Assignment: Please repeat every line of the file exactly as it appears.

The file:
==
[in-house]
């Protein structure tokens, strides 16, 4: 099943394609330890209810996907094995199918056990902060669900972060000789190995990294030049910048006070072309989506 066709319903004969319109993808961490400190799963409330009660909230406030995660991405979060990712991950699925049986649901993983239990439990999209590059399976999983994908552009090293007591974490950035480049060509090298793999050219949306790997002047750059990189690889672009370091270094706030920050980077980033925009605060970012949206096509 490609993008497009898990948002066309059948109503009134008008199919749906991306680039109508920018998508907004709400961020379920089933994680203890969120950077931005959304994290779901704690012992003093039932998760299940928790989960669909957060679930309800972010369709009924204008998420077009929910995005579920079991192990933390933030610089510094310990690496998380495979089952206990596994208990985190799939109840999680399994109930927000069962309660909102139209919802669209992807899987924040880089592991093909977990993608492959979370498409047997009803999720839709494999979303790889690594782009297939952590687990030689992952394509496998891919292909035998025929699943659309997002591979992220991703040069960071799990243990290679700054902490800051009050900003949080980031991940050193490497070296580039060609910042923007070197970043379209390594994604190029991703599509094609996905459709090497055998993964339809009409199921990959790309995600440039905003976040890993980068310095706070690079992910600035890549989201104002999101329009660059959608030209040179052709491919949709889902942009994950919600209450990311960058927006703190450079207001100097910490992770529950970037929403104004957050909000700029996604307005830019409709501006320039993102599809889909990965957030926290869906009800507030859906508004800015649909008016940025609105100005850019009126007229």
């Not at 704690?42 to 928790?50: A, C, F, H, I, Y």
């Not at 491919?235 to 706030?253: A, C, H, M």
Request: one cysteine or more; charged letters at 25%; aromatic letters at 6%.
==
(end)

[in-house]
């Protein structure tokens, strides 16, 4: 099943394609330890209810996907094995199918056990902060669900972060000789190995990294030049910048006070072309989506 066709319903004969319109993808961490400190799963409330009660909230406030995660991405979060990712991950699925049986649901993983239990439990999209590059399976999983994908552009090293007591974490950035480049060509090298793999050219949306790997002047750059990189690889672009370091270094706030920050980077980033925009605060970012949206096509 490609993008497009898990948002066309059948109503009134008008199919749906991306680039109508920018998508907004709400961020379920089933994680203890969120950077931005959304994290779901704690012992003093039932998760299940928790989960669909957060679930309800972010369709009924204008998420077009929910995005579920079991192990933390933030610089510094310990690496998380495979089952206990596994208990985190799939109840999680399994109930927000069962309660909102139209919802669209992807899987924040880089592991093909977990993608492959979370498409047997009803999720839709494999979303790889690594782009297939952590687990030689992952394509496998891919292909035998025929699943659309997002591979992220991703040069960071799990243990290679700054902490800051009050900003949080980031991940050193490497070296580039060609910042923007070197970043379209390594994604190029991703599509094609996905459709090497055998993964339809009409199921990959790309995600440039905003976040890993980068310095706070690079992910600035890549989201104002999101329009660059959608030209040179052709491919949709889902942009994950919600209450990311960058927006703190450079207001100097910490992770529950970037929403104004957050909000700029996604307005830019409709501006320039993102599809889909990965957030926290869906009800507030859906508004800015649909008016940025609105100005850019009126007229």
């Not at 704690?42 to 928790?50: A, C, F, H, I, Y």
């Not at 491919?235 to 706030?253: A, C, H, M």
Request: one cysteine or more; charged letters at 25%; aromatic letters at 6%.